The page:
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Sweetwater Energy and Ace Ethanol to begin commercial production of cellulosic ethanol; potential contract value of $100M

Flow chart of a portion of Sweetwater’s distributed hydrolysis process to produce C5 and C6 sugar streams from biomass. Source: Sweetwater patent application. Click to enlarge.

Sweetwater Energy, Inc., a Rochester NY-based cellulosic sugar producer (earlier post), announced a long-term commercial agreement with Ace Ethanol, a Stanley, WI-based corn ethanol production facility, to generate cellulosic ethanol at Ace’s plant for up to 16 years.

Sweetwater’s patented, decentralized hydrolysis process will convert locally available cellulosic, non-food biomass, such as crop residues, energy crops, and woody biomass into highly fermentable sugar, which Ace will ferment into ethanol. The entire contract has a total potential value in excess of $100 million, and requires a minimal capital outlay by Ace Ethanol while stabilizing Ace’s feedstock cost over the life of the agreement.

Sweetwater Energy’s technology generates separate and concentrated individual streams of C and C6 sugars, which can be sold to biorefineries, which use it to produce biofuels, biochemicals, and bioplastics.

This technology allows economics previously not achievable on the small scale, allowing Sweetwater to utilize biomass within just a few miles of a processor and therefore reducing transportation and storage expenses.

The Sweetwater-Ace agreement entails Sweetwater placing one of its cellulosic facilities adjacent to the Ace Ethanol site, and delivering enough refined monomeric sugar for Ace to produce up to 3.6 million gallons of ethanol per year during the initial phase of the relationship. The economics afforded by Sweetwater’s cellulosic sugar and the patented hub-and-spoke distributed model will ultimately determine the pace and volume with which Ace’s corn ethanol facility will migrate to Sweetwater’s cellulosic feedstocks.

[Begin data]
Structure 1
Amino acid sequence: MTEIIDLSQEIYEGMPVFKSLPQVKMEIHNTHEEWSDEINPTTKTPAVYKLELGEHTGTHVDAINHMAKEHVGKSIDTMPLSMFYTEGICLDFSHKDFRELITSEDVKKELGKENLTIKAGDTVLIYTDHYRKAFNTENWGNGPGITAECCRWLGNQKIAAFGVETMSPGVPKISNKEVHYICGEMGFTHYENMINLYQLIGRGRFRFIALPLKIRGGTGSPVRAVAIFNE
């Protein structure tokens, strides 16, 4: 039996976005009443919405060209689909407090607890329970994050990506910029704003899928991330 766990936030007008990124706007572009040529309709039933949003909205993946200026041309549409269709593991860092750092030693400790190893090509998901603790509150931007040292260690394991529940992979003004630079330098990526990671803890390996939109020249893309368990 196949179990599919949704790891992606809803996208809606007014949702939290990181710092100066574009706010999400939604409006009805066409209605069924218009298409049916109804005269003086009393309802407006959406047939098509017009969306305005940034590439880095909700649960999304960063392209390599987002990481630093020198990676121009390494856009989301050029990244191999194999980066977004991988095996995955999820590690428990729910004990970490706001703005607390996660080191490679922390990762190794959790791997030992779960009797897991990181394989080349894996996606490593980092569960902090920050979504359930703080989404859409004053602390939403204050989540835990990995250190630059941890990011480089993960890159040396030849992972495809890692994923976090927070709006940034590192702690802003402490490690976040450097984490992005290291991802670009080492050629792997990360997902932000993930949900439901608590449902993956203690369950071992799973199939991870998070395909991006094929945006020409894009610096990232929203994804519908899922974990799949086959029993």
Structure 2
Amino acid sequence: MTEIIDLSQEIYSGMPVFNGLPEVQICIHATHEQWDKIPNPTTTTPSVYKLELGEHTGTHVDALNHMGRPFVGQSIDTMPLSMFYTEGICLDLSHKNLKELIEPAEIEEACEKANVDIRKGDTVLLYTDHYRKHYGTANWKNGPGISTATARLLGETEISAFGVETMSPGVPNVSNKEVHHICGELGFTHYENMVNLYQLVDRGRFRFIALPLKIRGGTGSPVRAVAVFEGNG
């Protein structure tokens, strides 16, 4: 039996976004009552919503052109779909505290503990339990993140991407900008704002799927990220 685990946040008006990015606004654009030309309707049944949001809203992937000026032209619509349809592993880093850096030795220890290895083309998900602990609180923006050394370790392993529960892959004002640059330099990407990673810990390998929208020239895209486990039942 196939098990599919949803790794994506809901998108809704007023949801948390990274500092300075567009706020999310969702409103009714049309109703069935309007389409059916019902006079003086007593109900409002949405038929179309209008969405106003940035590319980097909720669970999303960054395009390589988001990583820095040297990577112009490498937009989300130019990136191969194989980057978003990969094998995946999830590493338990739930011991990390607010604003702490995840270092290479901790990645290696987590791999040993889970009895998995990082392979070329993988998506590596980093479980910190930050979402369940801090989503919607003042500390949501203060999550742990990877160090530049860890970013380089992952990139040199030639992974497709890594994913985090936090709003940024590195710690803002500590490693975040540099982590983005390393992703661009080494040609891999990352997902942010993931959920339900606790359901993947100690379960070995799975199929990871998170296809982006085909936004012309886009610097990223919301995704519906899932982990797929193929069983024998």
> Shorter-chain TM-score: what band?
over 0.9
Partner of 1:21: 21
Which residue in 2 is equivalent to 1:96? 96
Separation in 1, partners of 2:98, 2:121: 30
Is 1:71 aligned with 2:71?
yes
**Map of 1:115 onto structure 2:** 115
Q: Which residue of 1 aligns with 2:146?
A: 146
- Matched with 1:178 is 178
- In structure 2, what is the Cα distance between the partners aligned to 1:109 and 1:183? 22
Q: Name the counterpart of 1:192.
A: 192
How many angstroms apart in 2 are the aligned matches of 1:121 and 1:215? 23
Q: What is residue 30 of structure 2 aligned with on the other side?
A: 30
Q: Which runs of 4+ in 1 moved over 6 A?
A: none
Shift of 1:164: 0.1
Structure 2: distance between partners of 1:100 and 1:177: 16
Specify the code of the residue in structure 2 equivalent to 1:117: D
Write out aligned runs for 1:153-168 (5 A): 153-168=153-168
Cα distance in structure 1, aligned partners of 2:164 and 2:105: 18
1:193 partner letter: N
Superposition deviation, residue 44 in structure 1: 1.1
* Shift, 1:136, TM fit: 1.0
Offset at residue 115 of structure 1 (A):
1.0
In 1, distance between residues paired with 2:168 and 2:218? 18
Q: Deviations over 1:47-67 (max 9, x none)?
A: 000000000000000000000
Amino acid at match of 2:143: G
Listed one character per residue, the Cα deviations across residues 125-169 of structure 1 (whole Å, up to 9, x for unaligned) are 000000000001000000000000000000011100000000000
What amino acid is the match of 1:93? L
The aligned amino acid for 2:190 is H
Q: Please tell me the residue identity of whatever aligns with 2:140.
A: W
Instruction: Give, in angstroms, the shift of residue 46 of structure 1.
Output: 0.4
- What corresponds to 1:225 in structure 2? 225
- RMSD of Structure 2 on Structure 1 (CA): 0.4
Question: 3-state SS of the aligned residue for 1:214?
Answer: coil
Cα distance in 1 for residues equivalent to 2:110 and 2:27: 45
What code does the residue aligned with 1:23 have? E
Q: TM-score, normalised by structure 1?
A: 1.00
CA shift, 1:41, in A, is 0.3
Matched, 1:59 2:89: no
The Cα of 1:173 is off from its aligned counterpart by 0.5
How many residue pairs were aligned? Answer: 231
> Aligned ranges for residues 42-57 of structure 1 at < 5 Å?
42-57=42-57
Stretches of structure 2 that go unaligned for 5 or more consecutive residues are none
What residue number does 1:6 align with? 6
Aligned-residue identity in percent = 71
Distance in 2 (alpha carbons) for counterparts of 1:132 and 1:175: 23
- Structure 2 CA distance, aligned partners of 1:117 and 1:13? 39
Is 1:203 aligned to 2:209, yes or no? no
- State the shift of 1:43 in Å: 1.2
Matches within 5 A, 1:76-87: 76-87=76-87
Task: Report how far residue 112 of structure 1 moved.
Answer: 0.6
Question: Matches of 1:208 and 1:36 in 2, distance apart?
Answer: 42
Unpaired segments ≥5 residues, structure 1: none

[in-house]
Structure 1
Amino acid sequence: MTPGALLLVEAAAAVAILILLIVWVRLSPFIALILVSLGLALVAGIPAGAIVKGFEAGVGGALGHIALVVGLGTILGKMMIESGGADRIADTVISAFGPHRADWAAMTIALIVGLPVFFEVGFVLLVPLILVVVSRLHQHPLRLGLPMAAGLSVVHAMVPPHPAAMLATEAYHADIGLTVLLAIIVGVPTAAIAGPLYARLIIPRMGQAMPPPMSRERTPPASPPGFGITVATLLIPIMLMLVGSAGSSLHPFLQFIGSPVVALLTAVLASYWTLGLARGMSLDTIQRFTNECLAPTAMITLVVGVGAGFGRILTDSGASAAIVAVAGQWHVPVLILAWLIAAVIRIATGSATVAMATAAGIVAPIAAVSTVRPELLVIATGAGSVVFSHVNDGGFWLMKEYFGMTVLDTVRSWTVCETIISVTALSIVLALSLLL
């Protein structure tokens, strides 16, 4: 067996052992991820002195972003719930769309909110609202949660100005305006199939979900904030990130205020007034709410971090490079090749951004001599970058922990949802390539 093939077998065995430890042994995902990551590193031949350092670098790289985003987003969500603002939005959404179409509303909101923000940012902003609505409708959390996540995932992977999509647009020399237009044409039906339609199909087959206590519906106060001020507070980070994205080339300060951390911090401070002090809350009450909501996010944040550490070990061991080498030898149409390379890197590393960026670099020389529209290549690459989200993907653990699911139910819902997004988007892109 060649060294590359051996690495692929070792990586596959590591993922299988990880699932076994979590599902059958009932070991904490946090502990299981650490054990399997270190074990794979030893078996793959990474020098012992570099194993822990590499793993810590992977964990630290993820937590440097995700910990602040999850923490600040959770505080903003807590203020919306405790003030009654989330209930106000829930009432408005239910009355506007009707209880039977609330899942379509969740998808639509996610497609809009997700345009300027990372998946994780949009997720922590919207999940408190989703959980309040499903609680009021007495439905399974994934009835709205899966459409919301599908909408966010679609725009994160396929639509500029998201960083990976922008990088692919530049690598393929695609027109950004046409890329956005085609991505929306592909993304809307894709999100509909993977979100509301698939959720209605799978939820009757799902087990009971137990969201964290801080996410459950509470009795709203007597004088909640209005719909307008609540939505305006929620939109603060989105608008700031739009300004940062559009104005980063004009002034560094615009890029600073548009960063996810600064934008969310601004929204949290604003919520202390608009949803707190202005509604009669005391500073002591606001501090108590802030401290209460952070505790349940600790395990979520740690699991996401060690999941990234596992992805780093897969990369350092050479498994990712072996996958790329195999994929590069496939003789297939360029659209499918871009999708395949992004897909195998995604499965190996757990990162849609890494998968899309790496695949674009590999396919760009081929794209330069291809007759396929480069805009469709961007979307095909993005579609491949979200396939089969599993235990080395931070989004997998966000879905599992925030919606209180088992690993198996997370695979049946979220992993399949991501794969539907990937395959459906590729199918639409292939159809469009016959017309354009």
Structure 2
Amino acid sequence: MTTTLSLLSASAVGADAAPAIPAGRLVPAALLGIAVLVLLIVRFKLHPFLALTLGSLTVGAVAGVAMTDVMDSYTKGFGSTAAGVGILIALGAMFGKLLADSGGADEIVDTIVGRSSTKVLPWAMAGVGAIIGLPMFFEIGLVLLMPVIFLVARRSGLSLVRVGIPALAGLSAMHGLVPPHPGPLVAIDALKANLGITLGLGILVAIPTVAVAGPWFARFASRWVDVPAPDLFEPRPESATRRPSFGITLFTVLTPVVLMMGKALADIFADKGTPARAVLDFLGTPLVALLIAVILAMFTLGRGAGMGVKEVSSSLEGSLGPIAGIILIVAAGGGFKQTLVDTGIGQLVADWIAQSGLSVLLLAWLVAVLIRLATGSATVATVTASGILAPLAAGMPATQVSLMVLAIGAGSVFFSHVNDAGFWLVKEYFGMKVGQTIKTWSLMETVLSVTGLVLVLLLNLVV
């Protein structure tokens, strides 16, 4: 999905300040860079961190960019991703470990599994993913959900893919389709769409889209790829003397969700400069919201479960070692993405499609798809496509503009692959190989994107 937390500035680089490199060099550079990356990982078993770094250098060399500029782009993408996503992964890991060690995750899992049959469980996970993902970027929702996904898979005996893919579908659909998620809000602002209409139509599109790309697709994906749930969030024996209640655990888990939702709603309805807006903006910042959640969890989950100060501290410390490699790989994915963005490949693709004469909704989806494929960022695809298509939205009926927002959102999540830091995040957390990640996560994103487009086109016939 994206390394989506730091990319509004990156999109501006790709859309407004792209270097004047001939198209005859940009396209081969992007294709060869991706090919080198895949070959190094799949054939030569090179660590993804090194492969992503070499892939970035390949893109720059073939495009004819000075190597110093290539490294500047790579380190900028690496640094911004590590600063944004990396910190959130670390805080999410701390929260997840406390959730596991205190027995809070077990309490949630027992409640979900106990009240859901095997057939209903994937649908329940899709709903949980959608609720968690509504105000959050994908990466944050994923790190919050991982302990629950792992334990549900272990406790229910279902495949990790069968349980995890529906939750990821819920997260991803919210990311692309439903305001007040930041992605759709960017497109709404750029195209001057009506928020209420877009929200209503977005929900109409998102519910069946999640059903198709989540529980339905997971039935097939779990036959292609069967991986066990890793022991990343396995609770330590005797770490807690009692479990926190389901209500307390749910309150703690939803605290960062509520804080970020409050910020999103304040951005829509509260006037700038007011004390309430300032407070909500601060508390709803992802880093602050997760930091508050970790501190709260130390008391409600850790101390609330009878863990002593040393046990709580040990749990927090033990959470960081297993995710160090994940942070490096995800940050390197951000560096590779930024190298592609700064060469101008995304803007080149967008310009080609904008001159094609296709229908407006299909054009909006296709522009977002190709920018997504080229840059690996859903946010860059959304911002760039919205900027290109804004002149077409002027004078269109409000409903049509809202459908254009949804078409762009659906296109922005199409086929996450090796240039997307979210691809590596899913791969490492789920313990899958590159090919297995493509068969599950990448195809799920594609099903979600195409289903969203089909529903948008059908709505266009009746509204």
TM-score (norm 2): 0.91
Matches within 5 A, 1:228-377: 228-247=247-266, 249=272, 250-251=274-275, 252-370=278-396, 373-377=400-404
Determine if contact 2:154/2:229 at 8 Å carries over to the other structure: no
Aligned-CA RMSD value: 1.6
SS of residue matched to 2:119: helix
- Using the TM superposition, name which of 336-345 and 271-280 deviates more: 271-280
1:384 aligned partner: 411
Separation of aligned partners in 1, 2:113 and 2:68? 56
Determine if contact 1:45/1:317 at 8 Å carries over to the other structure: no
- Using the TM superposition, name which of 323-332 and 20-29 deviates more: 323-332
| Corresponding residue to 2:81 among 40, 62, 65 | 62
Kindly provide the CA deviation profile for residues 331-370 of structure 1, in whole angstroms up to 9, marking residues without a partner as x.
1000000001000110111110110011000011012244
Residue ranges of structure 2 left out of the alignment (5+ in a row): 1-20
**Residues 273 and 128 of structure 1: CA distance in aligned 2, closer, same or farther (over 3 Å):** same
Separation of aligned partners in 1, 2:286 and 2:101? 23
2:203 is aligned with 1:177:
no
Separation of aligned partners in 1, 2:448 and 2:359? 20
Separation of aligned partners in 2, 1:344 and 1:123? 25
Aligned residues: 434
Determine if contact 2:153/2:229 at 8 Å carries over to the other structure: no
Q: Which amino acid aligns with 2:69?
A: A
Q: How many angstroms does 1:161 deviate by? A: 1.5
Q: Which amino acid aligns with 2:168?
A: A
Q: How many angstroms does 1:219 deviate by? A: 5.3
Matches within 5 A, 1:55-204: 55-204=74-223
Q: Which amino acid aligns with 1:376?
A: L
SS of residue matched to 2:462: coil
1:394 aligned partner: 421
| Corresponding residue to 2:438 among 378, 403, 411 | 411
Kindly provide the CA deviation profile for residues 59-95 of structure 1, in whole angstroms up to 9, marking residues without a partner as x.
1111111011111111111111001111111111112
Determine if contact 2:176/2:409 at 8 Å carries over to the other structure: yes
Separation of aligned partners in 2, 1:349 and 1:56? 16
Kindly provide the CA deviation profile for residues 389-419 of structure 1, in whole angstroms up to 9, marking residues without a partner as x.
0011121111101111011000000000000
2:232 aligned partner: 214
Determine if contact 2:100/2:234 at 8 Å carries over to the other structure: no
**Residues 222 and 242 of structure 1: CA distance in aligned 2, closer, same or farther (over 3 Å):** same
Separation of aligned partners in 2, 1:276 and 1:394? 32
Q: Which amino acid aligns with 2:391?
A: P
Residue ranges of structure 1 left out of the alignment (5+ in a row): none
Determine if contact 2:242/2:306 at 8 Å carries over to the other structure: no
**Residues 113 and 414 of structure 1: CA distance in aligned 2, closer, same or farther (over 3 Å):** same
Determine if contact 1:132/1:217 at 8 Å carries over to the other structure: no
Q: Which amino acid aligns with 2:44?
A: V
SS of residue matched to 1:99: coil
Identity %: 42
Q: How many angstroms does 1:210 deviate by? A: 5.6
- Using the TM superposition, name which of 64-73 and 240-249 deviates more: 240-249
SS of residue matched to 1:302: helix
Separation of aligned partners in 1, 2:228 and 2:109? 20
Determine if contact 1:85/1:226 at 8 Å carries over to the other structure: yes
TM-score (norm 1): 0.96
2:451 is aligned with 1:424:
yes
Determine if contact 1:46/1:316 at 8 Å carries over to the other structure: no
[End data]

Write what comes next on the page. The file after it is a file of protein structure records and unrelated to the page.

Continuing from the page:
Ace Ethanol has been bench testing Sweetwater’s cellulosic material for some time and we’re confident that this project will be commercially profitable. With Sweetwater, we’ll move from 100% corn to a combination of corn starch and 7% cellulosic sugar as our feedstocks.

—Neal Kemmet, President of Ace Ethanol


  • US Patent Application Nº 20100144001: Ensiling Biomass For Biofuels Production And Multiple Phase Apparatus For Hydrolyzation Of Ensiled Biomass

  • DOE background presentation on cellulosic sugars (July 2012)



We live in interesting energy times. An "all of the above" answer is evolving.

PHEVs can economically cover every 'first twenty' urban miles and implement a viable recharging infrastructure.

ICE is suddenly able to consistently add any remaining range at 40+ mpg - and not necessarily need oil to run.

Meanwhile, the big oil backup, our hydrogen initiative, seems to remain less than five years away(like the past thirty years), but without the usual massive taxpayer research "grants".

With the next harem updates and doubling gas prices, those first twenty electric miles may make do and perhaps even find a few paralleled batteries in trunks.


40 mpg HEVs and synthetic fuels could help eliminate OPEC oil imports to the U.S. in this decade. All the better to avoid more oil wars.

Henry Gibson

Compressed natural gas(or methane)is a good enough fuel for most household transportation needs. ..HG..

Henry Gibson

Ethanol or cellulose are still foods. ..HG..


There is no getting something for nothing, despite the half assed wishes of Green Loons. Removing even the crop residues will bleach the farmland of all nutrients, making the land unfruitful and an organic desert.

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